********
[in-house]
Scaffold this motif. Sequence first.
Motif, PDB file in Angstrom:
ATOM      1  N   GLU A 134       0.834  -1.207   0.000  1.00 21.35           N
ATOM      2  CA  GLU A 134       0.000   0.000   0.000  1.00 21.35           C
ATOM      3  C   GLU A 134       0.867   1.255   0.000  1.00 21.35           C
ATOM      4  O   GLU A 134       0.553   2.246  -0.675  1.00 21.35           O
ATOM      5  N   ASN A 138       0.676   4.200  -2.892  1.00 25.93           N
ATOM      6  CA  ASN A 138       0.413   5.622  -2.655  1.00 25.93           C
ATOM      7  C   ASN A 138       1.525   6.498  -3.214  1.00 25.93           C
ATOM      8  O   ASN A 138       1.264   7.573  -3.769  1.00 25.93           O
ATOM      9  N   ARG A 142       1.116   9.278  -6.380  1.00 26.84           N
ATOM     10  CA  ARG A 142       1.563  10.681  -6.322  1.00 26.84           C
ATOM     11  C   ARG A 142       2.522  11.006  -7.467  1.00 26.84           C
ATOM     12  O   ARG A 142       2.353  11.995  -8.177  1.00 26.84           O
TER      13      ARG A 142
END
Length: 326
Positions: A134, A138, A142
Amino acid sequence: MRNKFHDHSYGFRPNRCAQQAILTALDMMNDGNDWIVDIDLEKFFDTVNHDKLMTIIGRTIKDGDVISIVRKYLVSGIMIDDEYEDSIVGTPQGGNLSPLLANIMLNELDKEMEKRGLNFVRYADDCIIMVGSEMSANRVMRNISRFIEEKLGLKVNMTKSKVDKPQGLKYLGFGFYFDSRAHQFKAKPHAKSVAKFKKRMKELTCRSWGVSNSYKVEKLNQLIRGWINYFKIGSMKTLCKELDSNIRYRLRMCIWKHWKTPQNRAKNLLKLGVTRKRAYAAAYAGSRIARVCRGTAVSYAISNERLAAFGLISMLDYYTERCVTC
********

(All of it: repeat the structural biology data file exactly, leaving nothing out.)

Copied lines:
[in-house]
Scaffold this motif. Sequence first.
Motif, PDB file in Angstrom:
ATOM      1  N   GLU A 134       0.834  -1.207   0.000  1.00 21.35           N
ATOM      2  CA  GLU A 134       0.000   0.000   0.000  1.00 21.35           C
ATOM      3  C   GLU A 134       0.867   1.255   0.000  1.00 21.35           C
ATOM      4  O   GLU A 134       0.553   2.246  -0.675  1.00 21.35           O
ATOM      5  N   ASN A 138       0.676   4.200  -2.892  1.00 25.93           N
ATOM      6  CA  ASN A 138       0.413   5.622  -2.655  1.00 25.93           C
ATOM      7  C   ASN A 138       1.525   6.498  -3.214  1.00 25.93           C
ATOM      8  O   ASN A 138       1.264   7.573  -3.769  1.00 25.93           O
ATOM      9  N   ARG A 142       1.116   9.278  -6.380  1.00 26.84           N
ATOM     10  CA  ARG A 142       1.563  10.681  -6.322  1.00 26.84           C
ATOM     11  C   ARG A 142       2.522  11.006  -7.467  1.00 26.84           C
ATOM     12  O   ARG A 142       2.353  11.995  -8.177  1.00 26.84           O
TER      13      ARG A 142
END
Length: 326
Positions: A134, A138, A142
Amino acid sequence: MRNKFHDHSYGFRPNRCAQQAILTALDMMNDGNDWIVDIDLEKFFDTVNHDKLMTIIGRTIKDGDVISIVRKYLVSGIMIDDEYEDSIVGTPQGGNLSPLLANIMLNELDKEMEKRGLNFVRYADDCIIMVGSEMSANRVMRNISRFIEEKLGLKVNMTKSKVDKPQGLKYLGFGFYFDSRAHQFKAKPHAKSVAKFKKRMKELTCRSWGVSNSYKVEKLNQLIRGWINYFKIGSMKTLCKELDSNIRYRLRMCIWKHWKTPQNRAKNLLKLGVTRKRAYAAAYAGSRIARVCRGTAVSYAISNERLAAFGLISMLDYYTERCVTC